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    const char** and char const** should be the same thing. What is left of the * is the type the pointer points to.
    Quote Originally Posted by Adak View Post
    io.h certainly IS included in some modern compilers. It is no longer part of the standard for C, but it is nevertheless, included in the very latest Pelles C versions.
    Quote Originally Posted by Salem View Post
    You mean it's included as a crutch to help ancient programmers limp along without them having to relearn too much.

    Outside of your DOS world, your header file is meaningless.

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    Captain Crash brewbuck's Avatar
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    Quote Originally Posted by Elysia View Post
    const char** and char const** should be the same thing. What is left of the * is the type the pointer points to.
    RIght, a pointer to a const pointer to a char would be written:

    Code:
    const char * const *ptr
    Code:
    //try
    //{
    	if (a) do { f( b); } while(1);
    	else   do { f(!b); } while(1);
    //}

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    Quote Originally Posted by Elysia View Post
    const char** and char const** should be the same thing. What is left of the * is the type the pointer points to.
    Dang! mistook the location of "*" and yep you're right - const char * and char const * are identical; however const char * and char *const are different.

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    C++まいる!Cをこわせ! Elysia's Avatar
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    Yes, those are different. Easy to mistake, so subtle, yet such a big difference.
    Quote Originally Posted by Adak View Post
    io.h certainly IS included in some modern compilers. It is no longer part of the standard for C, but it is nevertheless, included in the very latest Pelles C versions.
    Quote Originally Posted by Salem View Post
    You mean it's included as a crutch to help ancient programmers limp along without them having to relearn too much.

    Outside of your DOS world, your header file is meaningless.

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    Quote Originally Posted by EVOEx View Post
    This is incorrect. The items in your code are constant strings, which you store in non-const char. As soon as it is written to, your program will likely crash. Furthermore, the last "\0" is an empty string, identical to "", except that the former contains two 0-bytes. I expect it should read NULL, although granted, it depends on the called function what it expects.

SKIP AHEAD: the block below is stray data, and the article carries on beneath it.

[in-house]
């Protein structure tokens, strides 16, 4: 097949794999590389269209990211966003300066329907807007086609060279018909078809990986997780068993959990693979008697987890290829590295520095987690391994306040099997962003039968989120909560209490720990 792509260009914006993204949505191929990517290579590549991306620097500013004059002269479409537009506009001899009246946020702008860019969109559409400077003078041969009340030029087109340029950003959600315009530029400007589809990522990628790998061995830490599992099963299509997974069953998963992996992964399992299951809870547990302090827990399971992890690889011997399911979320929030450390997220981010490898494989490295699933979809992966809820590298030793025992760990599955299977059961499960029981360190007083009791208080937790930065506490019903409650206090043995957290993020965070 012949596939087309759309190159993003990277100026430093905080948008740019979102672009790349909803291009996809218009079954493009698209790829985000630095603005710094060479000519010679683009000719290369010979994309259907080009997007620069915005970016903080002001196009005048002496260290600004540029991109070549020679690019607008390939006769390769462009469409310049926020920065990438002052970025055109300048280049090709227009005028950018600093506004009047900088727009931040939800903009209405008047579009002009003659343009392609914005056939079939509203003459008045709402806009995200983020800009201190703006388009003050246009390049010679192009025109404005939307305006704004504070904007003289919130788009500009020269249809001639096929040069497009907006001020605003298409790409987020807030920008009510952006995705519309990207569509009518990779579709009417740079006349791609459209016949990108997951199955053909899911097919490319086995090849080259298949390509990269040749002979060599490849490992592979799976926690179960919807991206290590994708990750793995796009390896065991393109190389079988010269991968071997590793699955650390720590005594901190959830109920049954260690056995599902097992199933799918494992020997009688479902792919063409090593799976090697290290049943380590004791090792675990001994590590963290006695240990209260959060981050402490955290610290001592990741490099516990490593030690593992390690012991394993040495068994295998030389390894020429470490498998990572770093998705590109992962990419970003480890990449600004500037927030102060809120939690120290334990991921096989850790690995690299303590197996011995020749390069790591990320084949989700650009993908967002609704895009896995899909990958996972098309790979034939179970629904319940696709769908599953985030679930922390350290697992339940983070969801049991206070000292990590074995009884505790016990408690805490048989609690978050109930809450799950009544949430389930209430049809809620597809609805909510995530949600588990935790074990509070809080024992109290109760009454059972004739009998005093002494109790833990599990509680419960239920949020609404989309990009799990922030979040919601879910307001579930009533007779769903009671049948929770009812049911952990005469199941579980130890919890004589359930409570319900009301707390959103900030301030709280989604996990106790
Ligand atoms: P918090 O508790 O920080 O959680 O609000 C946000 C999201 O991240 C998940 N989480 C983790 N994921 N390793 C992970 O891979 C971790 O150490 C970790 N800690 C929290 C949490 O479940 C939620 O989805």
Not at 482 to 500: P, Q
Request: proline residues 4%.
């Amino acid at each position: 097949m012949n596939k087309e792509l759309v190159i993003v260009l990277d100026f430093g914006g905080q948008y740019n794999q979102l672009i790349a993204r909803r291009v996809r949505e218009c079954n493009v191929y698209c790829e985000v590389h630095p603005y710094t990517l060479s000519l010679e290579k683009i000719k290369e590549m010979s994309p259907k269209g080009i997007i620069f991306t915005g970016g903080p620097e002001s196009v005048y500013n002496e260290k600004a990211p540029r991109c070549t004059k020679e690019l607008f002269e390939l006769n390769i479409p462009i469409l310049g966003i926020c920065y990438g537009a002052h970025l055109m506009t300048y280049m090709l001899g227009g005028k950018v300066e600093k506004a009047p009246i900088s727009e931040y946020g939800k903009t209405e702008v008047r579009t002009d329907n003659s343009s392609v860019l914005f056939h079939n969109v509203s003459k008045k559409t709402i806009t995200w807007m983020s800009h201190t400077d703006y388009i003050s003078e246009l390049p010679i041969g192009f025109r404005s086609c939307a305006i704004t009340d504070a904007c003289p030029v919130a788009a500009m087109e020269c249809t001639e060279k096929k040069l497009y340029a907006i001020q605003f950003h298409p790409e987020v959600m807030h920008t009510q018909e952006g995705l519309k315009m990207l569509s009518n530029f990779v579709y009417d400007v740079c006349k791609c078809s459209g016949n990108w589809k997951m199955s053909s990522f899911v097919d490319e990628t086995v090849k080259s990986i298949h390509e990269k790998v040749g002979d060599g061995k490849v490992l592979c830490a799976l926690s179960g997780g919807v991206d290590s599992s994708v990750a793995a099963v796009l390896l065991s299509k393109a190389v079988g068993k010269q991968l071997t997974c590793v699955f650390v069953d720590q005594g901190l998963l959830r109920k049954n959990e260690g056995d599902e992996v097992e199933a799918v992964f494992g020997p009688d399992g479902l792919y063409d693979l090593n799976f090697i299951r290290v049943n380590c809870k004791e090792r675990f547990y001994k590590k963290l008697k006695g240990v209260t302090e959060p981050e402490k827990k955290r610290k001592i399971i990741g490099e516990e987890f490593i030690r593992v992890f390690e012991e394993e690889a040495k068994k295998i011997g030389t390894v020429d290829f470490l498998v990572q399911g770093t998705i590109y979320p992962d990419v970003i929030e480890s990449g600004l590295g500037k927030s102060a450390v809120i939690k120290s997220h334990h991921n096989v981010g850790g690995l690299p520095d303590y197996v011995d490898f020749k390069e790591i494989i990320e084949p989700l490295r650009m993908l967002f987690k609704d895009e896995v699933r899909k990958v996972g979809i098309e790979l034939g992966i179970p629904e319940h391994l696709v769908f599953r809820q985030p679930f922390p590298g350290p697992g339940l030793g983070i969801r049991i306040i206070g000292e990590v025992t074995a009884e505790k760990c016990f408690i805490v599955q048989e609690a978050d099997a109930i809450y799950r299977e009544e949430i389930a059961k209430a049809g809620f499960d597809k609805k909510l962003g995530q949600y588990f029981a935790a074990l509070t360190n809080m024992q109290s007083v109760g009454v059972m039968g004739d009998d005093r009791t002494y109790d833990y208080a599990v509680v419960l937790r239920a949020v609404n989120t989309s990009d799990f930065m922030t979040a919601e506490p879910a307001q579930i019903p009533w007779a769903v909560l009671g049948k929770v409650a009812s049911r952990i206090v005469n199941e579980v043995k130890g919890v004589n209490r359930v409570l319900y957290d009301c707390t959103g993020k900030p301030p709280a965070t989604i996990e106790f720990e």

Last item should be '\0' (copy and paste). The array of pointers to string literals won't let you modify its elements; however it was unspecified what was to be done with 'em.

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    Quote Originally Posted by Elysia View Post
    Yes, those are different. Easy to mistake, so subtle, yet such a big difference.
    concur!

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    Quote Originally Posted by itCbitC View Post
    Last item should be '\0' (copy and paste). The array of pointers to string literals won't let you modify its elements; however it was unspecified what was to be done with 'em.
    Then why does "strings[0][0] = 'a';" crash in your application? In the line of code you wrote, the string literals can't be modified. So you should store them in a CONST character array, which you didn't.

    And what should the last item be? "\0", '\0' or NULL? Arguably the last two are the same though.

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    C++まいる!Cをこわせ! Elysia's Avatar
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    Is '\0' and NULL guaranteed to be the same thing? I am not so sure. Regardless, you should never do it since NULL is for pointers ONLY.
    Quote Originally Posted by Adak View Post
    io.h certainly IS included in some modern compilers. It is no longer part of the standard for C, but it is nevertheless, included in the very latest Pelles C versions.
    Quote Originally Posted by Salem View Post
    You mean it's included as a crutch to help ancient programmers limp along without them having to relearn too much.

    Outside of your DOS world, your header file is meaningless.